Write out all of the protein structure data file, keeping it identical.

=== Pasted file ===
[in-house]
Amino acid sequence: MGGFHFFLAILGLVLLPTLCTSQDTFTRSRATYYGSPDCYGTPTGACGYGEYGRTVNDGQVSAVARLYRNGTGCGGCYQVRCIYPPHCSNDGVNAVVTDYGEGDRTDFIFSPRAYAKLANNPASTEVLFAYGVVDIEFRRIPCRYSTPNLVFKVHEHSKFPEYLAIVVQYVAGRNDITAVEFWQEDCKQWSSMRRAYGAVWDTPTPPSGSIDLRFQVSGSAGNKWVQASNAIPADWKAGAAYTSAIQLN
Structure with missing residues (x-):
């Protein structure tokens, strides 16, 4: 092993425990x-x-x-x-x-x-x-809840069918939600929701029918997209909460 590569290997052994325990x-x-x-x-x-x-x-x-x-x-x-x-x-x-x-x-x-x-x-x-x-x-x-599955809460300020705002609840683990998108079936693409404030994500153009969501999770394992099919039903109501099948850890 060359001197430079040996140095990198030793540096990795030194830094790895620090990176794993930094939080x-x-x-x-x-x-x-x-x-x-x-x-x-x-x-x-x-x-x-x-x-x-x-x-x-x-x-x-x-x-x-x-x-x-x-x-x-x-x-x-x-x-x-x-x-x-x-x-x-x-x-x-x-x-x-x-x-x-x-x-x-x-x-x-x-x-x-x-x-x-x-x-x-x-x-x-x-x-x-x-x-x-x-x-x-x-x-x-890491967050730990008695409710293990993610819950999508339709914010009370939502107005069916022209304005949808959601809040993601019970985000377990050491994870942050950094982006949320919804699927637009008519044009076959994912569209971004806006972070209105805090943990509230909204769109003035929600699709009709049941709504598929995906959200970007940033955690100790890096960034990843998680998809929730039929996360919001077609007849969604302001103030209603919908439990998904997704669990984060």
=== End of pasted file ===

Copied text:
[in-house]
Amino acid sequence: MGGFHFFLAILGLVLLPTLCTSQDTFTRSRATYYGSPDCYGTPTGACGYGEYGRTVNDGQVSAVARLYRNGTGCGGCYQVRCIYPPHCSNDGVNAVVTDYGEGDRTDFIFSPRAYAKLANNPASTEVLFAYGVVDIEFRRIPCRYSTPNLVFKVHEHSKFPEYLAIVVQYVAGRNDITAVEFWQEDCKQWSSMRRAYGAVWDTPTPPSGSIDLRFQVSGSAGNKWVQASNAIPADWKAGAAYTSAIQLN
Structure with missing residues (x-):
């Protein structure tokens, strides 16, 4: 092993425990x-x-x-x-x-x-x-809840069918939600929701029918997209909460 590569290997052994325990x-x-x-x-x-x-x-x-x-x-x-x-x-x-x-x-x-x-x-x-x-x-x-599955809460300020705002609840683990998108079936693409404030994500153009969501999770394992099919039903109501099948850890 060359001197430079040996140095990198030793540096990795030194830094790895620090990176794993930094939080x-x-x-x-x-x-x-x-x-x-x-x-x-x-x-x-x-x-x-x-x-x-x-x-x-x-x-x-x-x-x-x-x-x-x-x-x-x-x-x-x-x-x-x-x-x-x-x-x-x-x-x-x-x-x-x-x-x-x-x-x-x-x-x-x-x-x-x-x-x-x-x-x-x-x-x-x-x-x-x-x-x-x-x-x-x-x-x-890491967050730990008695409710293990993610819950999508339709914010009370939502107005069916022209304005949808959601809040993601019970985000377990050491994870942050950094982006949320919804699927637009008519044009076959994912569209971004806006972070209105805090943990509230909204769109003035929600699709009709049941709504598929995906959200970007940033955690100790890096960034990843998680998809929730039929996360919001077609007849969604302001103030209603919908439990998904997704669990984060």